Ch. Geyer, Das "Kleine Hafentor" der Colonia Ulpia Traiana. Ein Rekonstruktionsversuch. In: Xantener Berichte 8 (Köln 1999) 61-171.

E. Goddard, Colonia Ulpia Traiana. Die Ausgrabungen im Bereich des Hauses am kleinen Hafentor (Insula 38) (Bergisch-Gladbach 1996).

U. Heimberg/A. Rieche, Colonia Ulpia Traiana. Die römische Stadt. Planung, Architektur, Ausgrabung. Führer und Schriften des Archäologischen Parks Xanten 18 (Köln 1998).

H. Hinz, Xanten zur Römerzeit.  Kulturstätten am Niederrhein 1 (Xanten5 1973).

H. Hinz, Colonia Ulpia Traiana. Die Entwicklung eines römischen Zentralortes am Niederrhein. I. Prinzipat. ANRW II/4, 1975, 825-869.

H. G. Horn (Hrsg.), Die Römer in Nordrhein-Westfalen (Stuttgart 1987) 626-650.

K. H. Lenz, Der antike Name des frühkaiserzeitlichen Siedlungsgefüges römischer Hilfstruppenlager und Lagervici im Areal der Colonia Ulpia Traiana (Xanten). Zu den Civitas-Hauptorten des 1. Jahrhunderts n. Chr. in Niedergermanien. Archäologisches  Korrespondenzblatt 33/3, 2003, 375-392.

K. H. Lenz, Militaria des 1. Jahrhunderts n. Chr. aus dem Areal der Colonia Ulpia Traiana. In: Genese, Struktur und Entwicklung römischer Städte. In: Xantener Berichte 9 (Mainz 2001) 79-85.

G. Precht, Die Ursprünge der Colonia Ulpia Traiana. In: Traian in Germanien (Bad Homburg v. d. Höhe 1999) 213-225.

G. Precht, Neue Befunde zur vorcoloniazeitlichen Siedlung. Die Grabungen an der Südostecke der Capitols- und Forumsinsula. In: Genese, Struktur und Entwicklung römischer Städte. Xantener Berichte 6  (Mainz 2001) 37-56.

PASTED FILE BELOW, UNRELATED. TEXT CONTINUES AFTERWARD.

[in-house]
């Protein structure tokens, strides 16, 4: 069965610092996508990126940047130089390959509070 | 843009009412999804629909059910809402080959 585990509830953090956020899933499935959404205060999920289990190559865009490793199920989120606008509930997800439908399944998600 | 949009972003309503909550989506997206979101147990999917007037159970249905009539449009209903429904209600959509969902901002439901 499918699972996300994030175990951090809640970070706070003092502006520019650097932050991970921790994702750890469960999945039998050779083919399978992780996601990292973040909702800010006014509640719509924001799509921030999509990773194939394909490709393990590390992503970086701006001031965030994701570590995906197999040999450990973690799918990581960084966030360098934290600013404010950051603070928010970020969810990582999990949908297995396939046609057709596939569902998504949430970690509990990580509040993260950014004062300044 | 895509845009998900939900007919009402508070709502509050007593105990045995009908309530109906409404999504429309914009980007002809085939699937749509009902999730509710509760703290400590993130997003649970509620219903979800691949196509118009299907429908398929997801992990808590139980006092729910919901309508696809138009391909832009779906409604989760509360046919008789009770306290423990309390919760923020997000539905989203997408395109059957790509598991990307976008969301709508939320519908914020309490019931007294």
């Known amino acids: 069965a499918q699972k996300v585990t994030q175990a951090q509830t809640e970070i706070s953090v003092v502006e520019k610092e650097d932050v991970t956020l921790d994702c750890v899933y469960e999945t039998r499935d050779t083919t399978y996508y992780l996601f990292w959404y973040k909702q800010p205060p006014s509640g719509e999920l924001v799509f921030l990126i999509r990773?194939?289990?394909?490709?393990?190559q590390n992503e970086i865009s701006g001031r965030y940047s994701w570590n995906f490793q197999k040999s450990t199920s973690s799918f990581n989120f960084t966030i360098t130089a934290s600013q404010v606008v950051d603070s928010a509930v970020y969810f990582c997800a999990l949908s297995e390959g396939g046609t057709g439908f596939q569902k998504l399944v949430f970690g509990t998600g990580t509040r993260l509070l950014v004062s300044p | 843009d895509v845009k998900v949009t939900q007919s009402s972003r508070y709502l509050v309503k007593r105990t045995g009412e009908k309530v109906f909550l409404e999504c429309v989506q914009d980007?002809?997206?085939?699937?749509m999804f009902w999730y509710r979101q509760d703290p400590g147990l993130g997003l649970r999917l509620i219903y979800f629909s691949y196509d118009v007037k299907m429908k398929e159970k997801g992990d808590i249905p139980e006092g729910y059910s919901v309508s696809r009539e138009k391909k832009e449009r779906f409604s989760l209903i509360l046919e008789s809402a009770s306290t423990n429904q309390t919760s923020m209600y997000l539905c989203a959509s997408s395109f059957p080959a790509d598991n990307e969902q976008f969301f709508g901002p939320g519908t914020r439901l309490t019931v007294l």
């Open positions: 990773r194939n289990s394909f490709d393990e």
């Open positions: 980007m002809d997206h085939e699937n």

G. Precht, Konstruktion und Aufbau sogenannter römischer Streifenhäuser am Beispiel von Köln (CCAA) und Xanten (CUT). In: Haus und Siedlung in den römischen Nordwestprovinzen. Grabungsbefund, Architektur und Ausstattung (Homburg/Saar 2002) 181-198.

A. Rieche, Führer durch den Archäologischen Park Xanten. Führer und Schriften des Archäologischen Parks Xanten 15 (Köln 1994).

H.-J. Schalles, Städte im Rheinland: das Beispiel Xanten. In: Die Römer zwischen Alpen und Nordmeer. Ausstellungskatalog Rosenheim (Mainz 2000) 104-107.

H.-J. Schalles, Überlegungen zur Planung der Colonia Ulpia Traiana und ihrer öffentlichen Bauten im Spiegel städtischer Architektur des 2. Jahrhunderts n. Chr. In: Genese, Struktur und Entwicklung römischer Städte. Xantener Berichte 6 (Köln 1995) 379-428.

Tatort CUT. Die Spur führt nach Xanten. Führer und Schriften des Archäologischen Parks Xanten 17 (Köln 1995).

N. Zieling, Die großen Thermen der Colonia Ulpia Traiana. Die öffentliche Badeanlage der römischen Stadt bei Xanten. Führer und Schriften des Archäologischen Parks Xanten 19 (Köln 1999).

Reihen mit Berichten zur Geschichte und Archäologie der CVT:

Colonia Ulpia Traiana. 1-6. Arbeitsbericht zu den Grabungen und Rekonstruktionen. 7. Grabung, Forschung, Präsentation. (Köln 1975-1992).

Xantener Berichte 1-13. Hrsg.: Landschaftsverband Rheinland ; Archäologischer Park/Regionalmuseum Xanten (Köln bzw. Mainz 1992-2003).